Home / Knowledge / News / Textiles / Cotton contamination & stickiness remain challenge for spinning industry

Cotton contamination & stickiness remain challenge for spinning industry

08
Apr '10
“Despite some improvements in the recent past foreign matter, stickiness and seed-coat fragments in raw cotton continue to be serious challenges to the cotton spinning industry worldwide.” This is the general conclusion to be drawn from the “Cotton Contamination Survey 2009” which has just been released by the International Textile Manufacturers Federation (ITMF). The survey is carried out every other year, the 2009 edition being the eleventh in the series since the changeover to a new methodology in 1989. In the 2009 report, 110 spinning mills located in 23 countries evaluated 63 different cotton growths.

Contamination – unchanged in comparison to 2007
The level of cottons modestly or seriously contaminated as perceived by the spinning mills from around the world did not increase compared to the last survey in 2007 remaining constant at 22%. A closer look at the extent of the contamination shows that 6% (2007: 7%) of all cotton evaluated were seriously contaminated by some sort of foreign matter whereas 16% (2007: 15%) were only moderately contaminated. As the summary data are arithmetic averages of the different contaminants, the extent of contamination is fully illustrated only by the results for the individual contaminants. They range from 4% for “tar” (2007: 5%) to 42% of all cottons processed being contaminated by “organic matter”, i.e. leaves, feathers, paper, leather, etc. (2007: 40%). Other serious contaminants are “strings made of jute hessian” (32%), “strings made of woven plastic” (29%), “fabrics made of cotton” as well as “fabrics made of plastic film” and “strings made of cotton” (26% each). The most contaminated cotton descriptions considered for the survey originated in India, Pakistan, Egypt, Uzbekistan and Mali. In contrast, very clean raw cottons were produced in the USA, (Texas High Plains, Memphis, Pima, South Eastern, California), Israel, Australia, Brazil and the Ivory Coast.

Stickiness – record low
The presence of sticky cotton as perceived by the spinning mills fell in 2009 to 16%, the lowest level ever recorded (compared to 21% in 2007). Nevertheless, the level of stickiness is still considerable high and remains a major challenge to the spinning industry. Descriptions that were affected most by stickiness were those from Burkina Faso, Benin, Brazil, Chad, and Uzbekistan (medium staples). Also US cotton growths like US-Pima, Israel-Pima, Mali or Tajikistan (medium staples) were reported to be sticky. On the other end of the range, cottons from Egypt, Greece, USA (California, South Eastern), Australia, Ivory Coast, Nigeria, and Pakistan (AmSeed AFZAL, Others) or India (Shankar-4/6, MCU-5) were not or hardly affected by stickiness.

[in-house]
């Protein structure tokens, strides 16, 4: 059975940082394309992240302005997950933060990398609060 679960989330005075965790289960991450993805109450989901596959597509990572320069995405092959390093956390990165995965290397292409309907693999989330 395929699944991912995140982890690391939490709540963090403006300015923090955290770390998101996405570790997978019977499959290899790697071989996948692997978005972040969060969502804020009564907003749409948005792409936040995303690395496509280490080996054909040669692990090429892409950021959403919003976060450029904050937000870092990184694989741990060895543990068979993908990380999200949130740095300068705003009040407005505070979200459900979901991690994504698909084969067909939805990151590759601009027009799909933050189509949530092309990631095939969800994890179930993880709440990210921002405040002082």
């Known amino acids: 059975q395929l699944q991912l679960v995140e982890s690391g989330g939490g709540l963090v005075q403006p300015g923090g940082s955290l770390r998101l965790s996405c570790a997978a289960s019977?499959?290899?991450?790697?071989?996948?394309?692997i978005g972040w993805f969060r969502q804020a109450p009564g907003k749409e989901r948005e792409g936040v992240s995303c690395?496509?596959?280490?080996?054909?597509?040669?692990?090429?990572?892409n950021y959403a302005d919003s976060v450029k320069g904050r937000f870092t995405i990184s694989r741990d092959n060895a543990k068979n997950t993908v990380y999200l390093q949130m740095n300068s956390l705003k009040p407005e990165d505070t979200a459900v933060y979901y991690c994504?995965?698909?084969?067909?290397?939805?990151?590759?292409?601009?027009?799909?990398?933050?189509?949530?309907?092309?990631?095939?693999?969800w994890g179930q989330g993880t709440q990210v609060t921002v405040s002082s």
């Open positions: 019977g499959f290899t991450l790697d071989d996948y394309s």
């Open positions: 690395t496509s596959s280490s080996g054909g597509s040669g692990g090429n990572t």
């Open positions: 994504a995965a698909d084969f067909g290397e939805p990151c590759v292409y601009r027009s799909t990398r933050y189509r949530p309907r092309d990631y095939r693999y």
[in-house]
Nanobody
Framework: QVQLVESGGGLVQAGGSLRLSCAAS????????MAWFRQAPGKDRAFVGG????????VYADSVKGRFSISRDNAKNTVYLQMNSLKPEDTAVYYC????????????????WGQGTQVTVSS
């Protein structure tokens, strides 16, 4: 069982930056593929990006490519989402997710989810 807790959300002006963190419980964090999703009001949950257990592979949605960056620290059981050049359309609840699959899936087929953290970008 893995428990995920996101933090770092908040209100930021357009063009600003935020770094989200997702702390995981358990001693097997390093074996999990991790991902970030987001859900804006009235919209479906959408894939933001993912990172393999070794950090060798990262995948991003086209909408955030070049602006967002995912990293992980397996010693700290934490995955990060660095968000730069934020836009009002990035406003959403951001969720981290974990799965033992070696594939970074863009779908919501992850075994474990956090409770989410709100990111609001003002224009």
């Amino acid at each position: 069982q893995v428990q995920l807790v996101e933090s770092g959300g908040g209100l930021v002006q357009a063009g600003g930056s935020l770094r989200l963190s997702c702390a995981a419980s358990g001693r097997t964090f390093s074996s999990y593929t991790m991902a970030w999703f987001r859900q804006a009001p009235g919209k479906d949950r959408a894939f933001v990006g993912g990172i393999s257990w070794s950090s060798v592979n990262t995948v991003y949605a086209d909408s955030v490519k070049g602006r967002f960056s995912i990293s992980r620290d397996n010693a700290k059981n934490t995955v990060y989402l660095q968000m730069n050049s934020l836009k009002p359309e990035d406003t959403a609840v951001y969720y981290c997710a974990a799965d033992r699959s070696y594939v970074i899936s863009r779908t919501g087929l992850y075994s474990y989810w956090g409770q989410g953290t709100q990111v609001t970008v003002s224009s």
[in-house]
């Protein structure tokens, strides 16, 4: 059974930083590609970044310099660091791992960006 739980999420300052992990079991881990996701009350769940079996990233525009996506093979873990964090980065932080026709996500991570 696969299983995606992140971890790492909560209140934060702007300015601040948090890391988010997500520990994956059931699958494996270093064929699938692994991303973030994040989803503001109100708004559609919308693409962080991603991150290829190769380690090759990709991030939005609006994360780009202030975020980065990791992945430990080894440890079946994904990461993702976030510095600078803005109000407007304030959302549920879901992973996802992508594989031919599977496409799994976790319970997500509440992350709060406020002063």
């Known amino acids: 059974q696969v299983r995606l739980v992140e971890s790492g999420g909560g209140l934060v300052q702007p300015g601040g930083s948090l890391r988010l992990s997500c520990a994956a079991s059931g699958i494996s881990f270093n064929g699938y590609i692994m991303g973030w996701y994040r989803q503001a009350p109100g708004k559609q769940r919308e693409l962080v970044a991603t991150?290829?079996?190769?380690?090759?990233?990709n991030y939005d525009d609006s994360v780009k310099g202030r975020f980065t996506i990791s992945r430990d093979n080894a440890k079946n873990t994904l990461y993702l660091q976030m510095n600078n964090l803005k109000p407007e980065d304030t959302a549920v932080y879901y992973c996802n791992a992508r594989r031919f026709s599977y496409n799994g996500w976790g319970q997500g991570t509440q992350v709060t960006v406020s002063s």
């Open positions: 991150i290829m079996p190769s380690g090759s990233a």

Must ReadView All

Pic: Shutterstock

Textiles | On 6th May 2021

China indefinitely suspends economic dialogue with Australia

The National Development and Reform Commission (NDRC) of China has...

Pic: Shutterstock

Retail | On 6th May 2021

Ireland announces new €5 million COVID-19 Online Retail Scheme

Ireland has launched a new round of the COVID-19 Online Retail Scheme ...

Pic: Shutterstock

Textiles | On 6th May 2021

Cotlook A index expected to drop by 6.18% by June: TexPro

The Cotlook A index is expected to decline by 6.18 per cent in June...

Interviews View All

Textile Industry, Head honchos

Textile Industry
Head honchos

Blockchains will be in heavy use by early adopters by 2025

Textile Industry, Head honchos

Textile Industry
Head honchos

Virtual reality would be the new normal

Textile Industry, Head honchos

Textile Industry
Head honchos

One thing is certain, online sales will go up

Ritu Oberoi,

Ritu Oberoi

Mumbai-based Forsarees is a socially driven business enterprise, working...

Emmi Berlin,

Emmi Berlin

With the support of the first investors - Finland's Technical Research...

Raiyan Islam,

Raiyan Islam

Founded in 1981 by Sayeeful Islam, Concorde Garments Group is a market...

Sameer Sonkusale & Rachel Owyeung, Tufts University

Sameer Sonkusale & Rachel Owyeung
Tufts University

A team at the Tufts University in Massachusetts was recently in news for...

Karan Bose, Hula Global

Karan Bose
Hula Global

Hula Global, a leading isolation gown manufacturer in India, has been...

Wolfgang Plasser, Lenzing AG

Wolfgang Plasser
Lenzing AG

The Lenzing Group is an international company headquartered in Austria...

Sandeep Gonsalves & Sarah Gonsalves, Sarah & Sandeep

Sandeep Gonsalves & Sarah Gonsalves
Sarah & Sandeep

Established in 2012, Sarah & Sandeep is a luxury menswear label...

Megha Kumari & Jigar Mali, Label Megha & Jigar

Megha Kumari & Jigar Mali
Label Megha & Jigar

New Delhi based label Megha & Jigar blends India's unique handcrafts...

Suman Nathwani, Suman Nathwani

Suman Nathwani
Suman Nathwani

Designer <b>Suman Nathwani</b> talks about her journey of opening a...

Press Release

Press Release

Letter to Editor

Letter to Editor

RSS Feed

RSS Feed

Submit your press release on


editorial@fibre2fashion.com

Letter To Editor






(Max. 8000 char.)

Search Companies





SEARCH

Leave your Comments


April 2021

Subscribe today and get the latest update on Textiles, Fashion, Apparel and so on.


Advanced Search